To express the relation between one action and another, there exist some international icons. The basic operators you must know are , , , . The others are more complex, but here I put all of them as a reference, to be able to find them if you were searching any of them.

Symbol | It's read... | Description |
---|---|---|

or | is true whenever one of the two, or both, are true. | |

and | To make true, both and have to be true. | |

not | only is true when is false. | |

implies | Shows consequence. The expression says that when holds, so does . In addition, is considered true except for the case true and false. To understand that, think of an which implies and ask yourself: is it possible that is true but not ? Anyway, don't worry about that, it's not important right now. | |

if and only if | is the same as . It means that from we can deduce and viceversa, so they are equivalent. | |

false | The empty square represents false (the binary 0). Technically, it represents . | |

true | The filled square represents true (the binary 1). Technically, it represents . | |

exists... | can be read there exists an such that of . If in our domain, we can find an element (or more) which makes true the property applied to that element, then the formula is true. | |

for all... | can be read for all , of . If all elements we are working with make the property become true, then the formula is true. | |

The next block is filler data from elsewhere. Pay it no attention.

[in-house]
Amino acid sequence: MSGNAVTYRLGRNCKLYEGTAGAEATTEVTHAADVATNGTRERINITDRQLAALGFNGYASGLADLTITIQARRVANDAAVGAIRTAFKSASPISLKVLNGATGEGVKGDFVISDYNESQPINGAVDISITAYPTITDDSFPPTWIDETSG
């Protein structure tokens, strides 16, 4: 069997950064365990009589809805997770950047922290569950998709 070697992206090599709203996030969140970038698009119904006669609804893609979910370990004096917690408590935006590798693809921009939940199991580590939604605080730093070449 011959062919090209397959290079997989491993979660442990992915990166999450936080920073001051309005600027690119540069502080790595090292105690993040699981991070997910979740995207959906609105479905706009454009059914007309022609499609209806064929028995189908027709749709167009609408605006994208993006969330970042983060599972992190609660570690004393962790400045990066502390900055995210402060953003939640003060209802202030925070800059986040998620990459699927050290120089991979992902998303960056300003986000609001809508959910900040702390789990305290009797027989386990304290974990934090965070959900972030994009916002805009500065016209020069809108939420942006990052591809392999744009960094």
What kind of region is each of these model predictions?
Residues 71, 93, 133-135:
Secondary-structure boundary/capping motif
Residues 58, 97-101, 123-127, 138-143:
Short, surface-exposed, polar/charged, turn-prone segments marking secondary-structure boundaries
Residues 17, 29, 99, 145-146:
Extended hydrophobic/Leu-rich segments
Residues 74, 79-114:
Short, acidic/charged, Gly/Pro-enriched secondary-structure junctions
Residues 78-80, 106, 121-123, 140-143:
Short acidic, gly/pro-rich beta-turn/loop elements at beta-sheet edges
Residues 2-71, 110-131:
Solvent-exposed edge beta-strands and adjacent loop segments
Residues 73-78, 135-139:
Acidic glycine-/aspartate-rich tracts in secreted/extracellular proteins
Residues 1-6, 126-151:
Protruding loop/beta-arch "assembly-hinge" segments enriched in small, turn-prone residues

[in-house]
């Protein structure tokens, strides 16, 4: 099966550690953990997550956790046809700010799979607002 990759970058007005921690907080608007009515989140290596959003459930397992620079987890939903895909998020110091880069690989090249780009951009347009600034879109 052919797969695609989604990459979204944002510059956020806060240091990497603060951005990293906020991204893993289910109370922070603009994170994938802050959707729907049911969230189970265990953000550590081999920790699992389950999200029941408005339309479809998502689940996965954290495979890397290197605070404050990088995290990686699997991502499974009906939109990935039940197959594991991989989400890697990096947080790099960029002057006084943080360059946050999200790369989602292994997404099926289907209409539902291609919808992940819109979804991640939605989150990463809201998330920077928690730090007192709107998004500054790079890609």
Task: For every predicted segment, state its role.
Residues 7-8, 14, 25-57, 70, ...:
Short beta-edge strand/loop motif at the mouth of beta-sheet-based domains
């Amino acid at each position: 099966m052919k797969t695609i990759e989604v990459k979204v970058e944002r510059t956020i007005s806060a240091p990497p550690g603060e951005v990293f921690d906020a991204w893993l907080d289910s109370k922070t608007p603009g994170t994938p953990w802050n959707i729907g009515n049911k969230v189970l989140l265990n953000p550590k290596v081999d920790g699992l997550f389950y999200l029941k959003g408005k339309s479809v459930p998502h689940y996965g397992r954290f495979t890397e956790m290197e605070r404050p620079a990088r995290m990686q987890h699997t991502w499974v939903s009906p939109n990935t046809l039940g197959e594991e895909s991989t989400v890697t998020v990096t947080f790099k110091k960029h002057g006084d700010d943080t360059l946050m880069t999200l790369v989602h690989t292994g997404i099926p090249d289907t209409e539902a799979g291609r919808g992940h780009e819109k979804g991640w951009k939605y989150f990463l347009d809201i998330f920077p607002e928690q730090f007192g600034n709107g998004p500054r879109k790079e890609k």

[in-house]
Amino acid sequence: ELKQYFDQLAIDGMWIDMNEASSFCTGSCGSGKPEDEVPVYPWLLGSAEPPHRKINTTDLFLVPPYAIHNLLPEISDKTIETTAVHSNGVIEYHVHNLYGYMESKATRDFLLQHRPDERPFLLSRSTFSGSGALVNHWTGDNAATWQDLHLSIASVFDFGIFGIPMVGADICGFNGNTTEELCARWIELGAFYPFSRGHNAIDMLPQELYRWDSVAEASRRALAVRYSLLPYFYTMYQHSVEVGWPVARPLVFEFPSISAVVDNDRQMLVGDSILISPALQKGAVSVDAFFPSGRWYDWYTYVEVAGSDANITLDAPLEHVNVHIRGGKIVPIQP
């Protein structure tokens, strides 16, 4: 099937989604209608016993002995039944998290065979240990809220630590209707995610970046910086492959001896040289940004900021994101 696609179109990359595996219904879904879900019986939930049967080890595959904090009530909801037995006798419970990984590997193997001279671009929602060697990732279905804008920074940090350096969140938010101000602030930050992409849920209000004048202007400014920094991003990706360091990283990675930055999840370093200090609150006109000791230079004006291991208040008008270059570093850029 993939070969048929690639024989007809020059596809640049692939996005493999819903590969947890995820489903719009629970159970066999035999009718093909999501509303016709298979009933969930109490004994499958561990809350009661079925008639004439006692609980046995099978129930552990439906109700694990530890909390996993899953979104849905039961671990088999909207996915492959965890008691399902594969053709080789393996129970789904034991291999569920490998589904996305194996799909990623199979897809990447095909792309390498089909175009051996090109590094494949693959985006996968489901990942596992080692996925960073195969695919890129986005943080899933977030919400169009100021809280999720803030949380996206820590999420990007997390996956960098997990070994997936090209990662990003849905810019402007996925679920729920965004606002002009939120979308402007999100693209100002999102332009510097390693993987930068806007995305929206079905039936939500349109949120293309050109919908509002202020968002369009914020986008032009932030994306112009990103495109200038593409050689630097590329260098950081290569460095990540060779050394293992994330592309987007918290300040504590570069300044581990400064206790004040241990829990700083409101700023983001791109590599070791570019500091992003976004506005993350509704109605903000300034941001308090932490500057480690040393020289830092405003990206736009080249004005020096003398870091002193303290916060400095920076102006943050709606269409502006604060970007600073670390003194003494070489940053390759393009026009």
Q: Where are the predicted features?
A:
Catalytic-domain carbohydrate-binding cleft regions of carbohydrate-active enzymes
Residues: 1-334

then | is the symbol of the sequent, which is the way of saying ``when all this from the left happens, then it also happens all this from the right''. There exist valid sequents, like or like . But there are also invalid ones, like . The objective of natural deduction is to prove that a sequent is valid. | |

valid | means that is logical consequence of , but when one writes , what we mean is that the sequent is valid, that is, we could somehow prove it, and now is considered true for any interpretation of the predicate symbols. | |

invalid | means that is not logical consequence of . If you can find a series of values (model) which make true but false, then invalidity is proven. | |

satisfiable | A set of formulas is satisfiable if there exists a series of values (model) which can make all of them true at the same time. | |

unsatisfiable | A set of formulas is unsatisfiable if there isn't any combination of variables (model) which can make all of them become true at the same time. |

Daniel Clemente Laboreo 2005-05-17